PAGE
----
LED And The Perils Of Public Reach

April 17, 2018 by Dave Haynes

Medium to fine pitch LED displays can have tremendous visual impact in the right environment, but the thing customers should always bear in mind is that the little surface-mounted LED chips that produce the colored light are fragile – attached to their substrates with microscopic wiring.

In plain terms, if they’re within public reach – and largely unattended – they’re going to get the shit beat out of them, intentionally or more likely by accident. The general public does not know these things are far more vulnerable to bumps than an LCD display.

Here are a couple of photos shot today during a quick blast through Toronto Union Station, the main commuter hub for the city, that sees 300,000 people move through the labyrinthine building daily. A few months ago, the bank TD Canada Trust put in an ATM with an LED surround, showing nature scenes, in one section of the passenger concourse.

It looks really nice, but my immediate reaction when told about it was that it was going to get beat up. Real good.

And it has.

The edges on the corner have lost numerous LED chips or pixels, or whatever you want to call them, knocked off as people brush by. There is also an 18-inch (or something) scar along the lower part of the main face of the thing (squint at the middle of the pic below), probably done by a corner of a piece of luggage brushing against it and tearing off the surface-mounted LEDs in the process.

The screen still looks good, and most people won’t even notice the damage. But if the modules/chips get repaired, it will be painstaking and expensive, particularly if on site. Maybe the bank people understood there would be attrition, but saw that as acceptable deterioration only signage nerds like me would notice (and write about). As you can see from the top photo, it’s hard to notice unless you set out to notice.

I like this tech, but for now it really ought to be installed in places where the displays can be seen and not touched. Even the gorgeous fine pitch walls in Apple stores get a few bumps.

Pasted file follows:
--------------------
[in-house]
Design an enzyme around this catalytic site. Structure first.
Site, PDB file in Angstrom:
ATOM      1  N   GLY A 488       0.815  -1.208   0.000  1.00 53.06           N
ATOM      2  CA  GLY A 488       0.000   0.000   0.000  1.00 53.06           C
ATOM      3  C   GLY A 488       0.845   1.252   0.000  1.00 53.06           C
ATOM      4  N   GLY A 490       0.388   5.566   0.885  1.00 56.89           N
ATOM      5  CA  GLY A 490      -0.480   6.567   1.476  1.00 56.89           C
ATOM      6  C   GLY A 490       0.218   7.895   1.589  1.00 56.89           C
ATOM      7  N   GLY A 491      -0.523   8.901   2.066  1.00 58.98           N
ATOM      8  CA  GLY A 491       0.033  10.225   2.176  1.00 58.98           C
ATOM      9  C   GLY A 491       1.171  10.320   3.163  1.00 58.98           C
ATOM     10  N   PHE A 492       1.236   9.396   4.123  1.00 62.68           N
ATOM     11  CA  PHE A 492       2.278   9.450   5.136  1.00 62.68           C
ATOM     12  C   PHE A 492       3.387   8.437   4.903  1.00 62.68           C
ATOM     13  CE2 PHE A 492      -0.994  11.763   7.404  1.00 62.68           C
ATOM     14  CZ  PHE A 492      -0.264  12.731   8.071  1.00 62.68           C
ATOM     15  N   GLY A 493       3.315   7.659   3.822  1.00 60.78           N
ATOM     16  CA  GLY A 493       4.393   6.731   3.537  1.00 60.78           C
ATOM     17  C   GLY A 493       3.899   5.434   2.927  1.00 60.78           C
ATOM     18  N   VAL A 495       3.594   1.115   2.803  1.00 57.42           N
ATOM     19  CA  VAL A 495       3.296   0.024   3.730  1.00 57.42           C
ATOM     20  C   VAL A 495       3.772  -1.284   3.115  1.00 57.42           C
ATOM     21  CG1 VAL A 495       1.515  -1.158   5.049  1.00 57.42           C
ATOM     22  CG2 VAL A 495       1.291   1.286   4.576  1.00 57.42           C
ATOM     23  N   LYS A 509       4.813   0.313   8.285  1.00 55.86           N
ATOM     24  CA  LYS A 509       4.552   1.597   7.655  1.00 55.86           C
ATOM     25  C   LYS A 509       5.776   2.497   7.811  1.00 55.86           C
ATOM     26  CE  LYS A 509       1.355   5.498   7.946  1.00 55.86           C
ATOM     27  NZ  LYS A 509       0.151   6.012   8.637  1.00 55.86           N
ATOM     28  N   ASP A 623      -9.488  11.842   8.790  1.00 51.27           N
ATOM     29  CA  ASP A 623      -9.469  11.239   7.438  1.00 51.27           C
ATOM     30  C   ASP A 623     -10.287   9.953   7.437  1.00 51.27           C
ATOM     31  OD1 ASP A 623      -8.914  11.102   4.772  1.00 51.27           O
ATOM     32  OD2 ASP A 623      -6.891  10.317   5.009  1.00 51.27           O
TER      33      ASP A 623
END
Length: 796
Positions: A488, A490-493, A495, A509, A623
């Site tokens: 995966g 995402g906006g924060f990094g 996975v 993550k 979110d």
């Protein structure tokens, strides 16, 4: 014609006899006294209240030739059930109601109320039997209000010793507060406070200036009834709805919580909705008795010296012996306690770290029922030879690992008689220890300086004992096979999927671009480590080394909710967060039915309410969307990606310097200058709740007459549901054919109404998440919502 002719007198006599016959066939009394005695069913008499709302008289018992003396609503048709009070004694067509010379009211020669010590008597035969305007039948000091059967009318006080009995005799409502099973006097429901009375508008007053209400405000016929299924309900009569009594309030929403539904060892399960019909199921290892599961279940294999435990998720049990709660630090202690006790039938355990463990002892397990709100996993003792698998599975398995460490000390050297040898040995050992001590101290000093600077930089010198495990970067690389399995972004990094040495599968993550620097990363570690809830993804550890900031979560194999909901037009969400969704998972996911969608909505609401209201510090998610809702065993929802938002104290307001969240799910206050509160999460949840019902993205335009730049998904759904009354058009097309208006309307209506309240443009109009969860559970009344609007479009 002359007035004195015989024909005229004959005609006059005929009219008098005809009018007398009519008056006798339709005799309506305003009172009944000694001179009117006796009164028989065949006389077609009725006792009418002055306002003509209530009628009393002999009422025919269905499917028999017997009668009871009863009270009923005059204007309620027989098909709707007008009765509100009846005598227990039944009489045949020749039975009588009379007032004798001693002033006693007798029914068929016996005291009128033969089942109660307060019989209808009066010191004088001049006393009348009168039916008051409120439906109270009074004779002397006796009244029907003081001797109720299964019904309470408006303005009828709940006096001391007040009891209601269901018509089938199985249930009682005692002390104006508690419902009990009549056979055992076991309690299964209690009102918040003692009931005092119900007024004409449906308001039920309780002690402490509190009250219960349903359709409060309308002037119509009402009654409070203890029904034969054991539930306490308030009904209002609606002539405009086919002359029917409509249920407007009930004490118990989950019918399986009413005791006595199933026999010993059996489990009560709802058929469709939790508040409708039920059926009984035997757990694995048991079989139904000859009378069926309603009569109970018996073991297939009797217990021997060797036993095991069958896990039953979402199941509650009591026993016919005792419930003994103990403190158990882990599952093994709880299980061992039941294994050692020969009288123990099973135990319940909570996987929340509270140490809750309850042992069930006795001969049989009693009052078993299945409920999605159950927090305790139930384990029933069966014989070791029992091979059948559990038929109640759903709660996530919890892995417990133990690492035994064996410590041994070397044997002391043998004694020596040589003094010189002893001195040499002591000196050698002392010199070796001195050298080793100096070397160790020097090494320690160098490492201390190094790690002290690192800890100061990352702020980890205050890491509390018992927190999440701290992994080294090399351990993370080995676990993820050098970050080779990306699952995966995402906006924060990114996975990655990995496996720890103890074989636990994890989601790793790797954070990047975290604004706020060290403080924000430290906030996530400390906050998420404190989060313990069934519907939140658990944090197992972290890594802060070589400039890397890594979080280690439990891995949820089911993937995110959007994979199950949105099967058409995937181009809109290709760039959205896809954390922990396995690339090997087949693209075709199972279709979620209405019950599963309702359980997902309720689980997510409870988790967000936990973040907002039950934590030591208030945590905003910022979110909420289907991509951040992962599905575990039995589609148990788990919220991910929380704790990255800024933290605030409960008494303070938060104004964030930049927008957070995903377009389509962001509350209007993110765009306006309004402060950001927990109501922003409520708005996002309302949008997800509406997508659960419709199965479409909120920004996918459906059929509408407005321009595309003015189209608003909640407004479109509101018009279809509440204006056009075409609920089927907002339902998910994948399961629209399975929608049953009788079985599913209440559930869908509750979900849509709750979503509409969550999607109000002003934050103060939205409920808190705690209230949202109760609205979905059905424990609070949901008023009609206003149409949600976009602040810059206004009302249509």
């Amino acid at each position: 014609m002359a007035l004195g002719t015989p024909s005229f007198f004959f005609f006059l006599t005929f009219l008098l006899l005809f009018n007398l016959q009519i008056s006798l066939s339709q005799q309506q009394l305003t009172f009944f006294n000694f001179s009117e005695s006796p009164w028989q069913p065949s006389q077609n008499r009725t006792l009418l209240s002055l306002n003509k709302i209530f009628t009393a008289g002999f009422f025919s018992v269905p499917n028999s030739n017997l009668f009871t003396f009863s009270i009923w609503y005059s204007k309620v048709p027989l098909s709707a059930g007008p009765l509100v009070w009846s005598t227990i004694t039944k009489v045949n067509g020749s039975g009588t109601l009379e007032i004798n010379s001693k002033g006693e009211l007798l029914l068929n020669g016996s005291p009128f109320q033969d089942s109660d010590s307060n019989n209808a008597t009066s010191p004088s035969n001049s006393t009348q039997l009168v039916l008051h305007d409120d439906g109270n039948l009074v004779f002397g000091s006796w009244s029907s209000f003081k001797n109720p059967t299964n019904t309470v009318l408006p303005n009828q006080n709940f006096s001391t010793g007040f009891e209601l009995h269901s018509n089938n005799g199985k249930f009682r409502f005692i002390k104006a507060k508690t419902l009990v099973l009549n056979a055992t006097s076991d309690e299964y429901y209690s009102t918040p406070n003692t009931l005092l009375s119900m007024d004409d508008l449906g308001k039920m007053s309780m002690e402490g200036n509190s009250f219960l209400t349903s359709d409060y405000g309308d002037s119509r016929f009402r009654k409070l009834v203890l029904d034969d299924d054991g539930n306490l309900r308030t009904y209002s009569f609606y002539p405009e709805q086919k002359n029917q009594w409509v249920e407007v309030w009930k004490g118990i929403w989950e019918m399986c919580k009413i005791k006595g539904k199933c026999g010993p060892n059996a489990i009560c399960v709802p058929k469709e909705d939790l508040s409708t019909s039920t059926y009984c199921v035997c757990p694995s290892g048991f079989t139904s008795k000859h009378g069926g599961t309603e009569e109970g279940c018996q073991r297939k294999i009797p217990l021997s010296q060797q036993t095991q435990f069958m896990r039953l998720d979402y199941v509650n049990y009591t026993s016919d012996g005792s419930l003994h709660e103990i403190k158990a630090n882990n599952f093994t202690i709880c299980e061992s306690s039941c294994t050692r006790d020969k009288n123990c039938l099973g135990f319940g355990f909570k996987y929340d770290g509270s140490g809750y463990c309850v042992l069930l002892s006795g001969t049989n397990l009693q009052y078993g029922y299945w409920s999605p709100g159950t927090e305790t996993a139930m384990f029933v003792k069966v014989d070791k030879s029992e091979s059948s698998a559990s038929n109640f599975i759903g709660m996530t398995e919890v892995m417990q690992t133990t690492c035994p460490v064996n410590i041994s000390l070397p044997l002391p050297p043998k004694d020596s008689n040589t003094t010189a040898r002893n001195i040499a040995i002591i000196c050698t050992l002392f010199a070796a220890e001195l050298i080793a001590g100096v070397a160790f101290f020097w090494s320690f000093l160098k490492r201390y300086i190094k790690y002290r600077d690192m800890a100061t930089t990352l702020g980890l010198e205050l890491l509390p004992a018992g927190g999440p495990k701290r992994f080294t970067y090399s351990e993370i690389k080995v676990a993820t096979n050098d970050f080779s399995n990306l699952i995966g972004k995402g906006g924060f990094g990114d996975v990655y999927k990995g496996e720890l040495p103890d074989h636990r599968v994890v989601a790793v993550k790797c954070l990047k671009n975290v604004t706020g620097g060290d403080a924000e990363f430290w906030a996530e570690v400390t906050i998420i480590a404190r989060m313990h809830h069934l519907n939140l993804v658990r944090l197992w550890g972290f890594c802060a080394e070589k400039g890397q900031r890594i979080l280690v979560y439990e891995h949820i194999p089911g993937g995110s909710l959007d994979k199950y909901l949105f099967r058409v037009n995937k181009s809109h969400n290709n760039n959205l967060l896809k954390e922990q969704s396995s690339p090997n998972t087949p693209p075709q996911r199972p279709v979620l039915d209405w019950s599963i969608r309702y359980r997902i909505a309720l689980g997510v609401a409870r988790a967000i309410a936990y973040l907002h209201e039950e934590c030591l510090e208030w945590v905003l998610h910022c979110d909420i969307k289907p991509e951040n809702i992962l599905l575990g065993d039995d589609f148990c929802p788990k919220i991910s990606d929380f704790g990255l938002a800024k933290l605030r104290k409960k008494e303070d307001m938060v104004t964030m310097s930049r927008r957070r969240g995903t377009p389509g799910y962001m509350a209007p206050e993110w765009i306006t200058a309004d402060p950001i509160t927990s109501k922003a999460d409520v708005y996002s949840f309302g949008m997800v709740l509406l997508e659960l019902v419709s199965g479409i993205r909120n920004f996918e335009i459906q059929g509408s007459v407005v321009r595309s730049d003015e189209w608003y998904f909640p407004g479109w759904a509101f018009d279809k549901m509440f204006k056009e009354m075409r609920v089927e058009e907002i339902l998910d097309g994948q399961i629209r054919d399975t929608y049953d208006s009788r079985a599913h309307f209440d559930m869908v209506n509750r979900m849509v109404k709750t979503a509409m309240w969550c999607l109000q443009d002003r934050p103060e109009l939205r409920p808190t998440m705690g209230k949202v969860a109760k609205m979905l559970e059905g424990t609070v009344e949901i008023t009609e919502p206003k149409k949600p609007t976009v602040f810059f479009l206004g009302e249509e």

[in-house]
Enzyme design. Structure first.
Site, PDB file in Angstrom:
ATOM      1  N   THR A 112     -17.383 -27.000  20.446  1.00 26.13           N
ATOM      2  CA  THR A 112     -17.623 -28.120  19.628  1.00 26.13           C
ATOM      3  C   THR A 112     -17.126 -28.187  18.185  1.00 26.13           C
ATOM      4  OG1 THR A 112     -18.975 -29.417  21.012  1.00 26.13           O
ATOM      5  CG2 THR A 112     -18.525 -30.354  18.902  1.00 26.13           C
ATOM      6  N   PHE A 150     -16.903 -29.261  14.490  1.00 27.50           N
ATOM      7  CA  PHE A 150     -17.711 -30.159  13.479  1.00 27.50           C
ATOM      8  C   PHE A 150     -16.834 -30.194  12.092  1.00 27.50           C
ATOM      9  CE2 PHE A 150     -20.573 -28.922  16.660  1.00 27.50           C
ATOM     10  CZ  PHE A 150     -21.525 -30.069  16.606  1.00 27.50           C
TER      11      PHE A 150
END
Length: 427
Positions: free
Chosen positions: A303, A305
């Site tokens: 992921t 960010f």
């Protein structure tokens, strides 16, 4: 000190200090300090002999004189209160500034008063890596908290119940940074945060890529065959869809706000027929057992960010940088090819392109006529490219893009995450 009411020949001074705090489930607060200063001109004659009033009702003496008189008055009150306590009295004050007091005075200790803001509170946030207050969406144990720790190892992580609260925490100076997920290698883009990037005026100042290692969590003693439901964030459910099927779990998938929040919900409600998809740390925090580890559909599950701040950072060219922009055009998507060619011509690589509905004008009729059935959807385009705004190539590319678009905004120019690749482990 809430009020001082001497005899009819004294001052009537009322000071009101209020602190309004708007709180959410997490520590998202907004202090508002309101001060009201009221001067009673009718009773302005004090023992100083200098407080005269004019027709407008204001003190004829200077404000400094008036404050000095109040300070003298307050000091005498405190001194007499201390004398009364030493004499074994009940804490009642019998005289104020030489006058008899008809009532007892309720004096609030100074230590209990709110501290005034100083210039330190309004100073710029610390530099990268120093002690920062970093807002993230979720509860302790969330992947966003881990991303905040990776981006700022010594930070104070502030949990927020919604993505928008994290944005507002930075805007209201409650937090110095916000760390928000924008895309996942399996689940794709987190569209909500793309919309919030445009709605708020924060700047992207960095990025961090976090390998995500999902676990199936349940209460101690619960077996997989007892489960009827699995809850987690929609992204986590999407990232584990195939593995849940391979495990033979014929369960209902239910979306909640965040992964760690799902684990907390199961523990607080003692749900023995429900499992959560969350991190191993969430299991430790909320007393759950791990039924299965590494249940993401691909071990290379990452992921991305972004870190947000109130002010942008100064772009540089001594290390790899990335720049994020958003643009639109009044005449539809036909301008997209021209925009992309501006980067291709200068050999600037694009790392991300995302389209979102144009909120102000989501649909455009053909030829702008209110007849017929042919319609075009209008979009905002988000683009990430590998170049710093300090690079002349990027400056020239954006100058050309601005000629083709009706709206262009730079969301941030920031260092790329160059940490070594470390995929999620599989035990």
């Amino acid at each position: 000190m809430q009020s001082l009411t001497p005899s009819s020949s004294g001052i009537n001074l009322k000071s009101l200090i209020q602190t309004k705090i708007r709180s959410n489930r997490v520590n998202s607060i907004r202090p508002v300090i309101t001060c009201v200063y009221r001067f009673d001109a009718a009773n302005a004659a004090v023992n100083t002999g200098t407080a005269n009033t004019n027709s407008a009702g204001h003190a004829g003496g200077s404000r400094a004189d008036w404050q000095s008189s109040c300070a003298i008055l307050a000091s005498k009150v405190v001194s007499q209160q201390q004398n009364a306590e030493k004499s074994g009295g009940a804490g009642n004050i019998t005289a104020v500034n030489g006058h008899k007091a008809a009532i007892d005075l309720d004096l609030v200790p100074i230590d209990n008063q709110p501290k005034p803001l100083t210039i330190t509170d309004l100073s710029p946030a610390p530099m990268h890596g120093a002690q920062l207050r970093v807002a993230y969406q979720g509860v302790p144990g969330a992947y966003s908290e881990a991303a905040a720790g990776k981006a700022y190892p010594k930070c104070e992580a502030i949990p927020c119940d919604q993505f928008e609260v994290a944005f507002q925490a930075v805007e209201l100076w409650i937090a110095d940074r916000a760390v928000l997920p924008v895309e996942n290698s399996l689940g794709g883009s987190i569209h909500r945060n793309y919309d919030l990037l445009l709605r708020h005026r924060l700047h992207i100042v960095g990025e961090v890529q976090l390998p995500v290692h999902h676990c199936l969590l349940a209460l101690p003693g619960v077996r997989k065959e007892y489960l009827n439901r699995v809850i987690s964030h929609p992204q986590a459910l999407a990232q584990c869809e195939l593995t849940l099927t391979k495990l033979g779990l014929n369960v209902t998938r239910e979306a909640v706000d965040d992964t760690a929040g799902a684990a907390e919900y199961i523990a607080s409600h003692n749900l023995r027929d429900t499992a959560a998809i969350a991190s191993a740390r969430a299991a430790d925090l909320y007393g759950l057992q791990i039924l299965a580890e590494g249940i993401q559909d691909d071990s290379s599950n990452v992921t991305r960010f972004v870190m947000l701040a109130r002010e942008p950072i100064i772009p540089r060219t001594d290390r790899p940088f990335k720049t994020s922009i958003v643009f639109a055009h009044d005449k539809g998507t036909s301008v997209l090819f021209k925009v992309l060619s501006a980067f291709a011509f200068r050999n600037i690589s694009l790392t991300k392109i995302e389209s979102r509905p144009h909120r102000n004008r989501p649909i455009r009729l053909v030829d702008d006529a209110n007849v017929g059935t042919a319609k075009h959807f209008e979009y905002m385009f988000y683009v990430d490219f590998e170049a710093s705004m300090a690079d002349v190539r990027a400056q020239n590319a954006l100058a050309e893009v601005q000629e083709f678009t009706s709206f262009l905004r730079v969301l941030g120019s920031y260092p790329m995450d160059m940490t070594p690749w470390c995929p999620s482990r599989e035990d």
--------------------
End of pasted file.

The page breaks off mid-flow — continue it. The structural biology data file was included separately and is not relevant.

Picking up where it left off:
That will all change. I’ve seen fine pitch modules at ISE and later at DSE that had hardened coatings, that would prevent this sort of thing. But right now that tech is early stage and VERY expensive. With time, and assuming the reliability of LED modules is unaffected by this coating, my guess is it will be commonplace for public installs.

For now, when you see these things – have a good look, but DON’T TOUCH!

The bank has also installed a kiosk banking center nearby on the rail station concourse, with LED panels creating a canopy. Ambient content is scheduled in, and what I saw were drifting clouds against a blue sky. I was told it tied in with the nature scenes from the ATM. I don’t know how many commuters would connect those dots, though.

I kinda sorta like the concept, but also wonder what the objective might be – other than cool. Which will be a fleeting reaction, I think. One good thing – the LED chips are way out of reach, unless a member of the Raptors walks by.

  1. This thing will happen no doubt how much care you are taking of that displays. But yes, you can use some protective screens over that displays so that any damage will not affect display directly.

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